My Indian DNA Test Results: Ancestry, Haplogroup & Health!


You may have already seen a couple of my
previous episodes on 23andMe and you may have noticed that I actually haven’t
gone through my complete result breakdown; and for some reason it feels
like this is probably how you end up getting hacked. Not everyone is
comfortable sharing this information. Which is exactly why I want to share it
with the world. In my case I did both ancestry and
health so let’s have a look at what came out as my ancestry report. Now since I
first saw these results and I wasn’t quite impressed I did sign up to their
beta feature in which case they can breakdown your ancestry report further.
It comes up with broadly South Asian but likely to be from the state of Gujarat
which, yes, once again I already know. My family is from Gujarat – no surprise there
but definitely much better than it saying you’re from South Asia. South Asia
comprises of India, Pakistan, Bangladesh, a few countries that consist of most of
the people living on planet earth. But it does get more interesting than that. Now
when I go through the ancestry composition feature of 23andMe, it says
that I inherited this hundred percent South Asian feature between 1960 and
1930. That’s when my ancestors gave me these hundred percent genes. Those are my
parents of course. Something also interesting if you have some variation
in your ancestry is you can look at what chromosome that ancestry comes from. In
my case everything is South Asia and everything is painted the same color, so
not that useful in my case. Now something really easy to miss is the haplogroup
feature. So you’ve got your maternal haplogroup – only mothers passed on
mitochondrial DNA to their offspring so you’ve definitely got all of your
mitochondrial DNA coming from your mother’s line, and her mother, and her
mother. And in my case it says that my maternal haplogroup is M3. Haplogroup L
which was the original the OG (Original Gangster) of the haplogroups evolved into haplogroup L3
which was also in Africa, and then moved on to changing into haplogroup M at some
point in time. And it also shows where that probably happened and where those
haplogroup people migrated on. That’s how haplogroup M migrated across
the world. It does mention that one in 5,800 23andMe customers share my
haplogroup so it seems to be quite a common haplogroup. Now in the case of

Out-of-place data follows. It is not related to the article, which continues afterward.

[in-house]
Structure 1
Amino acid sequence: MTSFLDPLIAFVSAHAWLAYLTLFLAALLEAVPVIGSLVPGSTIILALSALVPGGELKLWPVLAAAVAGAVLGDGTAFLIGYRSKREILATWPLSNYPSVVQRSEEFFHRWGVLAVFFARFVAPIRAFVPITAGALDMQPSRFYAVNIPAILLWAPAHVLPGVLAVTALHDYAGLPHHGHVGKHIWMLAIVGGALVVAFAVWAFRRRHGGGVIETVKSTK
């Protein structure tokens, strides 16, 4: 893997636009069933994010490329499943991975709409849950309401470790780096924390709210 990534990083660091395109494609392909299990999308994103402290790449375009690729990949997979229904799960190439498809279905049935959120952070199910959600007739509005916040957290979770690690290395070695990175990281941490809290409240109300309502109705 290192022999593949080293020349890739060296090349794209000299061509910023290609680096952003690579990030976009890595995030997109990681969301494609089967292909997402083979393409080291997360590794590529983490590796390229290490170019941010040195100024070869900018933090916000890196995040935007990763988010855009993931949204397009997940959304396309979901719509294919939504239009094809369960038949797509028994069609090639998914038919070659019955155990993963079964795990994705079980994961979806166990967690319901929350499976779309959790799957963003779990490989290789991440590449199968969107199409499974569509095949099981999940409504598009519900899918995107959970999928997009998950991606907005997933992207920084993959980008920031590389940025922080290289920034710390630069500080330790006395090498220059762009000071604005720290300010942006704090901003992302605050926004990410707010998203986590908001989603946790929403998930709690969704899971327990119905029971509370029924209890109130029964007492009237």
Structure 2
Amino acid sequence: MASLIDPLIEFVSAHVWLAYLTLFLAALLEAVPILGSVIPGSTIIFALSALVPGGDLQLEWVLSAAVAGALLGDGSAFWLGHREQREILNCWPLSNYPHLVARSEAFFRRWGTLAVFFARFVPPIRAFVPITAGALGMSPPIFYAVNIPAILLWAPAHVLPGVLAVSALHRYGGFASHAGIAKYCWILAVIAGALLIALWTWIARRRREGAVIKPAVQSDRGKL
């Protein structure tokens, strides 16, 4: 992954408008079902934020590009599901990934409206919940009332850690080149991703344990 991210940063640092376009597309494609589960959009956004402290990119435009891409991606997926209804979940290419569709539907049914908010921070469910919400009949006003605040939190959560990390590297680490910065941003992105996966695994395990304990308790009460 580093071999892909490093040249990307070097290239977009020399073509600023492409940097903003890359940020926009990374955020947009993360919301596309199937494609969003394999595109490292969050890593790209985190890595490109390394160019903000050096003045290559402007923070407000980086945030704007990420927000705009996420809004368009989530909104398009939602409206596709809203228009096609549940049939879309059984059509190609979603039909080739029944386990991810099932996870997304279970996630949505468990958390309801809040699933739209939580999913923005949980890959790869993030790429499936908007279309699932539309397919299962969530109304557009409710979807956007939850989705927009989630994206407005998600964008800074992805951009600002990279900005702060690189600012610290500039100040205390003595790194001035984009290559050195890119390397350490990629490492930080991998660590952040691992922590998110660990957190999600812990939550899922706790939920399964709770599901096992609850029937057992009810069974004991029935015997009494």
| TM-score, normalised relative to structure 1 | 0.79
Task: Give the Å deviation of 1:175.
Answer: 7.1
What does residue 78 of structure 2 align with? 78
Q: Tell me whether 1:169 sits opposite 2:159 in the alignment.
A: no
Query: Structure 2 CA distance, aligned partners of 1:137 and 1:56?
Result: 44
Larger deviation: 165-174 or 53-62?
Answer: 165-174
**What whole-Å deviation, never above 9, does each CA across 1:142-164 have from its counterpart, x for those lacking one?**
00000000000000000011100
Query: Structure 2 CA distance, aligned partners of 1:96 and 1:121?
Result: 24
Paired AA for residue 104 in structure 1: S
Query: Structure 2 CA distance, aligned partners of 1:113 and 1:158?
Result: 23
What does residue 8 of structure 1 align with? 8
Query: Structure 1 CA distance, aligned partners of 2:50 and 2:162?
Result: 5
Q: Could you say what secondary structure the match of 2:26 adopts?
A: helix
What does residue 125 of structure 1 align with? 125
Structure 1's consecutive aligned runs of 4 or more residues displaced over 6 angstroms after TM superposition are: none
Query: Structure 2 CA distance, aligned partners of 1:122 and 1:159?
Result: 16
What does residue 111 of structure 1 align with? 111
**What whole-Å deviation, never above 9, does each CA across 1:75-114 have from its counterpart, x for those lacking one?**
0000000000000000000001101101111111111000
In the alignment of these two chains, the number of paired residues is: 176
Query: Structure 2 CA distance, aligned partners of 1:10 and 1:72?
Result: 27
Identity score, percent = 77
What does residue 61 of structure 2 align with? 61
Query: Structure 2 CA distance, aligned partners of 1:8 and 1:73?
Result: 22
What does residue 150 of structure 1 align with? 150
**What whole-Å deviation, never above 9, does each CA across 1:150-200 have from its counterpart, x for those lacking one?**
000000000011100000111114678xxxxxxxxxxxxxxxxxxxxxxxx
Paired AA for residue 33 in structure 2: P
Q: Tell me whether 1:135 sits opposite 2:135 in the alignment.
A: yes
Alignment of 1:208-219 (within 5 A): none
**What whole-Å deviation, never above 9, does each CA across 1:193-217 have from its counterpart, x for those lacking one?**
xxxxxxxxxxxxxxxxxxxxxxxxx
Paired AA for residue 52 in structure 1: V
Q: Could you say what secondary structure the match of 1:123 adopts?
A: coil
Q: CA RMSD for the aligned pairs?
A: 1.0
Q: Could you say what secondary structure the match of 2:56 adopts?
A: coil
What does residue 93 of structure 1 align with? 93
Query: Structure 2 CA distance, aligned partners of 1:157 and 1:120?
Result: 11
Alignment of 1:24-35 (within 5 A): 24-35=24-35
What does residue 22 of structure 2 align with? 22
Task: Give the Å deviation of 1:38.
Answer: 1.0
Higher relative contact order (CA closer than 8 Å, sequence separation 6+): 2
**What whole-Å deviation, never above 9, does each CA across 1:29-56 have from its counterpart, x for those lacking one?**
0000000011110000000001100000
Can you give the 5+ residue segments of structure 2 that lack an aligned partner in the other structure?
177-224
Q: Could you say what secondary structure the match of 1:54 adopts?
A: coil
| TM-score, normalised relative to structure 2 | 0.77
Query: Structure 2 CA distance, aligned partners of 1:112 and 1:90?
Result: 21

my paternal haplogroup I find this a bit more
interesting. So my paternal haplogroup is C-M130. Once again like everyone
else we started with haplogroup a in Africa and somehow about 60,000 years
ago according to 23andme, haplogroup C-M130 was formed. And today C-M130 is only
carried by one in a hundred and forty thousand 23andMe customers so
they say it’s extremely rare among 23andMe customers. This is most likely because it
was formed sixty thousand years ago. There have been so many opportunities in the
world for people’s DNA’s, for paternal haplogroup DNA to have changed since then. So
this is why we have so much variation in the world of course, and the people that
originally were C-M130 that migrated to other countries started to
accumulate different mutations, of course like everyone else does and eventually
after sixty thousand years, we have much more variation in our DNA. And
this is why although C-M130 was formed so long ago it’s not commonly seen today
because most people have already mutated their C-M130 haplogroups into something
else. Now something really interesting about
the C haplogroup that I found is that Genghis Khan also had a C haplogroup
it is believed. And he had haplogroup C-M217 and this is commonly believed to
have been the haplogroup of Genghis Khan, and when Genghis Khan spread his genes
widely in Asia his haplogroup spread around Asia. And we can see that today as
well. Something really interesting is that my haplogroup C-M130
is not that commonly found in India – it’s actually commonly found in Central Asia,
in eastern Russia, Mongolia, Kazakhstan, China and a bit in Japan and Korea.